The group seems to investigate means at being different, but with this album, fail to come up with proper solutions. In the album's track list are the two tracks that were featured on the promo single, Micobacterium Leprae and Everybody Takes the Airplane (whether in the same version or not is not clear), However the violin/cello/piano part of the line-up is relatively unusual that Sweek should be able to get out of the all-too-beaten path, yet fall in the traps of using strange monologues that plague the genre: Sweek manages to go even further than GYBE in the weird and bizarre, making their debut not that easy for frequent listenings. And they can't seem to escape the dead-flogged horse idea of the hidden track stick after a few minutes of silence in the last track.

It doesn't seem that I paint that nice a picture of Sweek's debut and surely they haven't invented hot water with Shooting Star, but this was a first draft f the much better follow-up Cinemativc Crash where the group pulls a very improved soundscape, definitely something innovative on the usual formula. But that Sweek's next chapter

 The Unbelievable Cinematic Crash by SWEEK album cover Studio Album, 2005
3.98 | 8 ratings

The Unbelievable Cinematic Crash
Sweek Post Rock/Math rock

Review by Prog-jester
Prog Reviewer

4 stars SWEEK play wonderful Instrumental Epic Post-Rock, with violins and horns, ranging from obvious long melancholic tunes like 'A Dead Sleeping Forest' and 'Iki' to noisy 'Trust Me' with amazing folky high- tempo outro (not to mention that 'Tequila fitness club', a track with the most stupid name I've seen for a while, has real rumba section!). But this is neither your YNDI HALDA stuff nor SPARROWS SWARM AND SING lament - this is more like NEIL ON IMPRESSION or MAGYAR POSSE who manage to stay eclectic in narrow walls of Post-Rock room. I like such music, and SWEEK tends to show traces of originality despite the lack of emotions (read MELANCHOLY AND CLIMAXES!). Sometimes more Prog than Post-Rock, SWEEK has this stunning sense of 'music-ness': it seems that their experiments are never go further than music itself, no experimentation for its own sake, thanks for Sundays! That shouldn't mean they're afraid to experiment; in fact, that should mean they're too experienced to bore you with pseudo-experimental noises and anything of this sort. Highly recommended and not to be missed!
 The Unbelievable Cinematic Crash by SWEEK album cover Studio Album, 2005
3.98 | 8 ratings

The Unbelievable Cinematic Crash
Sweek Post Rock/Math rock

Review by Sean Trane
Special Collaborator Prog Folk

4 stars Second album from Belgium's leading post rock groups Sweek, but this album is a real grower compared to their debut. Apparently having now integrated fully Florence in the line-up, Sweek started heading for less-charted territories in the post rock continent, which to my belief remains much to discover, but most bands staying cautiously ion the GYBE! realm. Don't get me wrong Sweek still hold the GYBE! stigma, but unlike many groups, they do boldly stray away (a bit anyway) from the conventional much beaten post rock paths written a decade ago. With a very disputable artwork (they've got to get someone to worry a bit more about this issue), the sextet also invited a bunch of guests, including two wind players, which will indeed provide fresh soundscapes. .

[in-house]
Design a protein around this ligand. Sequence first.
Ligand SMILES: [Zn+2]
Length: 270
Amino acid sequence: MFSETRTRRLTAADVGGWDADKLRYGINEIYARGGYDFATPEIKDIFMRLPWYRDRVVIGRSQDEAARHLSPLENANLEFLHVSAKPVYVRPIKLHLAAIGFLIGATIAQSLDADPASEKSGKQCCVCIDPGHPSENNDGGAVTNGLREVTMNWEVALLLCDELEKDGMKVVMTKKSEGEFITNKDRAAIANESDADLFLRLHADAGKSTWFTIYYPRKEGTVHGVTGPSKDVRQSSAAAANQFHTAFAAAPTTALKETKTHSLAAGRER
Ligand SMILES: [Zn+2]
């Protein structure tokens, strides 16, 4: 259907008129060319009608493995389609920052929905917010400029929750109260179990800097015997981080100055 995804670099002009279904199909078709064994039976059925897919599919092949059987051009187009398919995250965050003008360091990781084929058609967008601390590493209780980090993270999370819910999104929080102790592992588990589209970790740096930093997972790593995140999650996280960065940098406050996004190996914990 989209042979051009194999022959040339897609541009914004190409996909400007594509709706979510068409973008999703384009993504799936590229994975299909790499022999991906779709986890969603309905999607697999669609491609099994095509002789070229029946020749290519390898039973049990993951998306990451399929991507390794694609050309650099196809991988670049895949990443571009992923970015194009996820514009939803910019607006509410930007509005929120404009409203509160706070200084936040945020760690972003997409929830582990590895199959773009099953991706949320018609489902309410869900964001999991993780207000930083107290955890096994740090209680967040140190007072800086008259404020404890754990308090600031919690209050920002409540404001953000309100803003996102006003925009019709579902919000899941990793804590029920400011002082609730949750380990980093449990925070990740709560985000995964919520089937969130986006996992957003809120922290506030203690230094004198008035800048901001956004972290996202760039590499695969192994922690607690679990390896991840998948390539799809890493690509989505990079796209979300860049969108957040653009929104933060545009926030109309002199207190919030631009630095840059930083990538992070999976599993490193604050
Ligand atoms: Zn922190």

The lengthy (15-mins) Thanx For Sundays opener holds some real sonic differences with the usual canons of the genre: it's rather hard to describe, because most of the ingredients in post rock are usually there, but here they sound a tad different, partly due to Franois' violin and while not being extravagantly different, it sounds rather fresh and very welcome. The following Tequila Texas Club has some Latino-type trumpet, making the Mariachi post rock sub-genre more than a possibility. The 16-mins+ song goes through a series of fairly rapid changes (given the post rock realm) that metamorphoses its structure thouroughly, while again remaining typically post rock. After the short noisy interlude of Tears Of Happiness, the group plunges in the savage IKI, which uses the full dynamic range and finds its own reason of existence

Although you'll hear the usual slow start laced in the cello/violin sounds, you'll also find the same trumpets that graced the Tequila track on A Dead Sleeping Forest, where an electric piano (played by violinist Sauveur) takes post rock in rarely explored territory. A lengthy semi-playground veering nightmarish sound collage starts the closing Trust Me and after roughly 5 minutes the violin takes the group inro an extremely fast romp of a jig for a stunning finale.

Been dreaming of a Post rock band that you can recognize fairly quickly?? It looks like Sweek might just be that group. While their two records fail to show the extreme nature of the band live, their original sound is probably one of their better assets.

Thanks to Sean Trane for the artist addition.